Today's consumer craves trust, speed and visibility

Kelly Mooney, the CEO of Resource, sat down for a chat with Kit Yarrow, PhD, consumer psychologist at Golden Gate University, to discuss the psychology behind today's shopper at an afternoon session of the Summit.

In Yarrow's recent book, "Decoding the New Consumer Mind: How and Why We Shop and Buy," she set out to uncover why there seems to be a disconnect between what retailers are offering and what consumers want to buy.

What Yarrow found is that today's consumer, living in a fast-paced technological world, responds differently to marketing cues than the shopper of 10 years ago. And what stood out is the emotional factor behind their purchase decisions, which largely plays into the issue of trust.

"Consumers become self-reliant because they don't think they can trust," said Yarrow. In fact, research conducted with millennials shows that the demographic would rather trust their own phone or Internet research than a person in a store.

Not to mention that today's consumer does not differentiate the online from offline world. Therefore, it benefits retailers to bring these two worlds together. "It's all molded together for them, but they don't have that same experience when they go into the marketplace," Yarrow said, describing millennial complaints about retail. "When consumers don't feel like a retail brand is consistent, it just compounds that lack of trust that already exists. Consumers end up feeling tricked, so integration is key."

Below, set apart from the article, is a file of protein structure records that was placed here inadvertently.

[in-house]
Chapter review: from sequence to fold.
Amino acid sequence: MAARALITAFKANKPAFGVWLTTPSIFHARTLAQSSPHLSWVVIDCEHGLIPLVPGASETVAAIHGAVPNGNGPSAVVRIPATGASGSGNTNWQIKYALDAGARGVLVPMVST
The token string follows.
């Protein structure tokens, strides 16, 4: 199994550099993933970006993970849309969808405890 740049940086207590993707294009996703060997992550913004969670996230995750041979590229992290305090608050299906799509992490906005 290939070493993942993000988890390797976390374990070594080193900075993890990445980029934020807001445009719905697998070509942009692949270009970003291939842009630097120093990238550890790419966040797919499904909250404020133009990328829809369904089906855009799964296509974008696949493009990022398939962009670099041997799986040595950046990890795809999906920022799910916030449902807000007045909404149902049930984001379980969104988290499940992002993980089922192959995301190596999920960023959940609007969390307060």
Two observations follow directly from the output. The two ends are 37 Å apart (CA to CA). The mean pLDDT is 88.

Yarrow revealed to the audience three big, socio-cultural shifts that need to be reflected in retail. One, rewired brains that have a need for speed. Today's costumer skims more, is superficial and has less tolerance for processing. So if there is no immediate reward, the person moves on. The good news for retailers is that "shopping will always be popular because people get bored with products and want new ones quickly," she added.

The second big shift is radical individualism. "People are lonelier and less connected," said Yarrow, which leads to feeling isolated and not being seen. So retailers and brands that can make a consumer feel heard and noticed will gain market share.

The final shift is that almost 50 percent of the population reports having elevated anxiety. "The key lesson to take here," said Yarrow, "is rather than adding new products into the mix, think about what you can take away from people who are anxious and angry." Also, make sure to build trust so consumers don't feel like they're being taken advantage of.

See all of FierceRetail's 2014 coverage here.

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